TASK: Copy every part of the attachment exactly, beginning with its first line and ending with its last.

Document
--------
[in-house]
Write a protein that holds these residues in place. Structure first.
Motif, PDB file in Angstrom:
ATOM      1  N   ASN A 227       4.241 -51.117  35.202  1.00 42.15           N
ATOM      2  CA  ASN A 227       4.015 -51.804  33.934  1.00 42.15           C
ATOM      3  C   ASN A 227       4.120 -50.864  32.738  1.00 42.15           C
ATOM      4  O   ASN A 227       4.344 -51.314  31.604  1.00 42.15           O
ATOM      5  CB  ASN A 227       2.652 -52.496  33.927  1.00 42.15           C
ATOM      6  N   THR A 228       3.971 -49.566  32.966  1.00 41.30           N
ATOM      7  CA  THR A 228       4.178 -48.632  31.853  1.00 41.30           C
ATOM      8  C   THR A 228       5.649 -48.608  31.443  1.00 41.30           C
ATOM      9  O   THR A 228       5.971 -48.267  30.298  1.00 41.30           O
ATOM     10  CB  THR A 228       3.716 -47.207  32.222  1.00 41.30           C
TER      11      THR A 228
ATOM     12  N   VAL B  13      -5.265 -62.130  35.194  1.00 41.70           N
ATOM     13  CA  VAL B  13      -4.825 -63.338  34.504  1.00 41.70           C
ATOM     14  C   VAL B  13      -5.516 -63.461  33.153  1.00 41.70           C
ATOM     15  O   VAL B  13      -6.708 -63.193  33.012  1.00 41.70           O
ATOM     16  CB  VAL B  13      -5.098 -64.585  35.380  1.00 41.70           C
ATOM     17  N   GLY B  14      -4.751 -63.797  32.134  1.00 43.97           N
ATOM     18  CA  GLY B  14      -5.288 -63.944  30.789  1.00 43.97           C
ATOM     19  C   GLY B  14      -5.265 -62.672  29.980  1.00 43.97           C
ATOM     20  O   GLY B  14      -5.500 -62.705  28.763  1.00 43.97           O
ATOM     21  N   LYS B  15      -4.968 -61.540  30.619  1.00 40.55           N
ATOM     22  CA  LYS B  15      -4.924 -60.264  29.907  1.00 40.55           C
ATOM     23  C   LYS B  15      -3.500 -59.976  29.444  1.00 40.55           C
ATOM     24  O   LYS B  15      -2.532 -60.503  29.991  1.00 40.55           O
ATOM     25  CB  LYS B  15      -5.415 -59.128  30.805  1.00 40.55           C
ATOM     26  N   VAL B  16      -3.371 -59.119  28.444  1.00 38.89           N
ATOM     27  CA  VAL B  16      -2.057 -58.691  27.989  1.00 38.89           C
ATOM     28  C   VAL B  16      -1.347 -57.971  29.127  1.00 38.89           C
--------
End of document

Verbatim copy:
[in-house]
Write a protein that holds these residues in place. Structure first.
Motif, PDB file in Angstrom:
ATOM      1  N   ASN A 227       4.241 -51.117  35.202  1.00 42.15           N
ATOM      2  CA  ASN A 227       4.015 -51.804  33.934  1.00 42.15           C
ATOM      3  C   ASN A 227       4.120 -50.864  32.738  1.00 42.15           C
ATOM      4  O   ASN A 227       4.344 -51.314  31.604  1.00 42.15           O
ATOM      5  CB  ASN A 227       2.652 -52.496  33.927  1.00 42.15           C
ATOM      6  N   THR A 228       3.971 -49.566  32.966  1.00 41.30           N
ATOM      7  CA  THR A 228       4.178 -48.632  31.853  1.00 41.30           C
ATOM      8  C   THR A 228       5.649 -48.608  31.443  1.00 41.30           C
ATOM      9  O   THR A 228       5.971 -48.267  30.298  1.00 41.30           O
ATOM     10  CB  THR A 228       3.716 -47.207  32.222  1.00 41.30           C
TER      11      THR A 228
ATOM     12  N   VAL B  13      -5.265 -62.130  35.194  1.00 41.70           N
ATOM     13  CA  VAL B  13      -4.825 -63.338  34.504  1.00 41.70           C
ATOM     14  C   VAL B  13      -5.516 -63.461  33.153  1.00 41.70           C
ATOM     15  O   VAL B  13      -6.708 -63.193  33.012  1.00 41.70           O
ATOM     16  CB  VAL B  13      -5.098 -64.585  35.380  1.00 41.70           C
ATOM     17  N   GLY B  14      -4.751 -63.797  32.134  1.00 43.97           N
ATOM     18  CA  GLY B  14      -5.288 -63.944  30.789  1.00 43.97           C
ATOM     19  C   GLY B  14      -5.265 -62.672  29.980  1.00 43.97           C
ATOM     20  O   GLY B  14      -5.500 -62.705  28.763  1.00 43.97           O
ATOM     21  N   LYS B  15      -4.968 -61.540  30.619  1.00 40.55           N
ATOM     22  CA  LYS B  15      -4.924 -60.264  29.907  1.00 40.55           C
ATOM     23  C   LYS B  15      -3.500 -59.976  29.444  1.00 40.55           C
ATOM     24  O   LYS B  15      -2.532 -60.503  29.991  1.00 40.55           O
ATOM     25  CB  LYS B  15      -5.415 -59.128  30.805  1.00 40.55           C
ATOM     26  N   VAL B  16      -3.371 -59.119  28.444  1.00 38.89           N
ATOM     27  CA  VAL B  16      -2.057 -58.691  27.989  1.00 38.89           C
ATOM     28  C   VAL B  16      -1.347 -57.971  29.127  1.00 38.89           C